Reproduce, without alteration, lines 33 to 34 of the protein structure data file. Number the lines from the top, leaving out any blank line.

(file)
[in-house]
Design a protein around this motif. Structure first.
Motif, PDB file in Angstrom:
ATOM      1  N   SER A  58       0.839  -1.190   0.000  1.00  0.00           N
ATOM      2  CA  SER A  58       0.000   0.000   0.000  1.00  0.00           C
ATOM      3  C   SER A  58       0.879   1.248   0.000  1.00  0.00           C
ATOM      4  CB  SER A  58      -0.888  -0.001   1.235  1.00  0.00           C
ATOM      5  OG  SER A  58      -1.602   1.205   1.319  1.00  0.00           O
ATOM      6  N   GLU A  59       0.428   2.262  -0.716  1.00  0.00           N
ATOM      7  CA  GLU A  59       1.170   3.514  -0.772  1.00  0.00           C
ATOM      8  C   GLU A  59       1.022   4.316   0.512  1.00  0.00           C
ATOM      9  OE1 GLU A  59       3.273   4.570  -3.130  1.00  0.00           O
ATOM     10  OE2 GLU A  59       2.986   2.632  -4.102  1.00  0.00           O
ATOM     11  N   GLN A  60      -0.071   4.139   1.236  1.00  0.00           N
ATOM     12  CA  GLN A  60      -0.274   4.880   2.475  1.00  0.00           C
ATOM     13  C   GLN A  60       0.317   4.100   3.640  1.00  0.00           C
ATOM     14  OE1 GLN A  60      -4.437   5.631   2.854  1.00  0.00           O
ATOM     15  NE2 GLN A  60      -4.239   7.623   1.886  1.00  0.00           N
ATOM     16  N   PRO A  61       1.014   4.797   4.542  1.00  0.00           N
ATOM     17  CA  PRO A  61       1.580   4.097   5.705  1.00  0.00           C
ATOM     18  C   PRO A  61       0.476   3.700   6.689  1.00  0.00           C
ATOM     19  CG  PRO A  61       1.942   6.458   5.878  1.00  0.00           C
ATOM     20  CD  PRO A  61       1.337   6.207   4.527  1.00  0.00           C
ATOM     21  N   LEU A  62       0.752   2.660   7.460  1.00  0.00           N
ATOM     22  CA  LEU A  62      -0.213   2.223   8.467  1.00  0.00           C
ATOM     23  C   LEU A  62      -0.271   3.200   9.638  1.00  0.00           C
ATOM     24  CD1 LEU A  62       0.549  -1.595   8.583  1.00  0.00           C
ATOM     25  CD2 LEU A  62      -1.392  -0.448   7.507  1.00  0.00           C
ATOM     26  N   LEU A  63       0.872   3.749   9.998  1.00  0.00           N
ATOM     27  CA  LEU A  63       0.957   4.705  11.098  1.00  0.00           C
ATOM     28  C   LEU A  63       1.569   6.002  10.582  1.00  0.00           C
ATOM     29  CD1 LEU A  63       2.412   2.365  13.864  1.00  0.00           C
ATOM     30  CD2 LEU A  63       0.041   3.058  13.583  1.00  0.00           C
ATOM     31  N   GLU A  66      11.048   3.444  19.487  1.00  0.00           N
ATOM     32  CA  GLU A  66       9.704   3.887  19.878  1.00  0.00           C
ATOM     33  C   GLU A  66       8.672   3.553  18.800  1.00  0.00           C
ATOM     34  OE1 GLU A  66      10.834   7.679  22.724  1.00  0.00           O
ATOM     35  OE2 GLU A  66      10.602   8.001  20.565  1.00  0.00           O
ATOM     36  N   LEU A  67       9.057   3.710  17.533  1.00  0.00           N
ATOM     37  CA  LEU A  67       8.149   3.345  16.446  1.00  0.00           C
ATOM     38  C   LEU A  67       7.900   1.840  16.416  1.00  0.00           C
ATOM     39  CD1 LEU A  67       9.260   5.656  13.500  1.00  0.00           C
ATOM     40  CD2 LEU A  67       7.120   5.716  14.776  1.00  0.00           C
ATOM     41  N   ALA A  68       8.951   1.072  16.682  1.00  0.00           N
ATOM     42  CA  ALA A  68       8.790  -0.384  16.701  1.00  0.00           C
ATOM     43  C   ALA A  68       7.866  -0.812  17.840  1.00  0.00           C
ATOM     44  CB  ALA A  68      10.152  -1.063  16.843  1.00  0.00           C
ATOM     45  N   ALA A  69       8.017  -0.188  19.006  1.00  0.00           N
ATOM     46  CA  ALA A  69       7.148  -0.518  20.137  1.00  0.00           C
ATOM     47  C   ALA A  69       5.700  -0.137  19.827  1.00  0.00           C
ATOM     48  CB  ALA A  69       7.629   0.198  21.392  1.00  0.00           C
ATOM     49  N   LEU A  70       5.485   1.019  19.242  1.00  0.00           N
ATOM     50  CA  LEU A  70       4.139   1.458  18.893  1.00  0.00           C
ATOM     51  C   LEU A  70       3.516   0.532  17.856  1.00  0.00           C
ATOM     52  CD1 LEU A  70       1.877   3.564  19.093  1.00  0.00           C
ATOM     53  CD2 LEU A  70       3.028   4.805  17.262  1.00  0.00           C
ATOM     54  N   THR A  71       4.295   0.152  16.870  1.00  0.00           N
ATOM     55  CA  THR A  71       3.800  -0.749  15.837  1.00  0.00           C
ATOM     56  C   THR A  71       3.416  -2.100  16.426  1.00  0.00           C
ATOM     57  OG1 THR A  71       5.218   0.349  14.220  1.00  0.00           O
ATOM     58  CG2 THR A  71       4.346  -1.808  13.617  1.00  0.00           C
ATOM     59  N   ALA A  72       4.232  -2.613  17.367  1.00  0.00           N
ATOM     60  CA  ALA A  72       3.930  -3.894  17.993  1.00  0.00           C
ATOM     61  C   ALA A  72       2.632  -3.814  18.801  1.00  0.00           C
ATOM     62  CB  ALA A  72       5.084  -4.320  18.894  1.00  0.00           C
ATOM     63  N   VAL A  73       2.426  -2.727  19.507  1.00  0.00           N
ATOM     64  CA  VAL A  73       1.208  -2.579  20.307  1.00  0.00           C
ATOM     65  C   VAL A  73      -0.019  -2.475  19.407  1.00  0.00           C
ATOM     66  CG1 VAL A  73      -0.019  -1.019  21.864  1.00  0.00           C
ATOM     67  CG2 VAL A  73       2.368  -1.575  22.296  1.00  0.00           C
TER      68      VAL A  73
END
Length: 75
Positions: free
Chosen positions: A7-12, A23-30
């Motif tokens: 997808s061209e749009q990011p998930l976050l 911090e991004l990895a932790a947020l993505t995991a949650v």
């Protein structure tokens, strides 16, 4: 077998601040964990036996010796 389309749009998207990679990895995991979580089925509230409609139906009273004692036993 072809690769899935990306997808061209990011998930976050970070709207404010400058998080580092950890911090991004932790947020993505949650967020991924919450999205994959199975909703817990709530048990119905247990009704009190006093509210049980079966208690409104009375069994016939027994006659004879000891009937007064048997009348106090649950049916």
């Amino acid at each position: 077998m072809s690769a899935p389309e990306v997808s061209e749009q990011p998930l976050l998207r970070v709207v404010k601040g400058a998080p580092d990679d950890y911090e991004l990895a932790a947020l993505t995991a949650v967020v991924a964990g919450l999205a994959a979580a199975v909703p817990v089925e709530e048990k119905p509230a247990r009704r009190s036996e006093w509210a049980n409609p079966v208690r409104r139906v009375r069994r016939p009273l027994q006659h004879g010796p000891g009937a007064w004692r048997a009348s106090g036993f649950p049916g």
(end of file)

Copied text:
ATOM     30  CD2 LEU A  63       0.041   3.058  13.583  1.00  0.00           C
ATOM     31  N   GLU A  66      11.048   3.444  19.487  1.00  0.00           N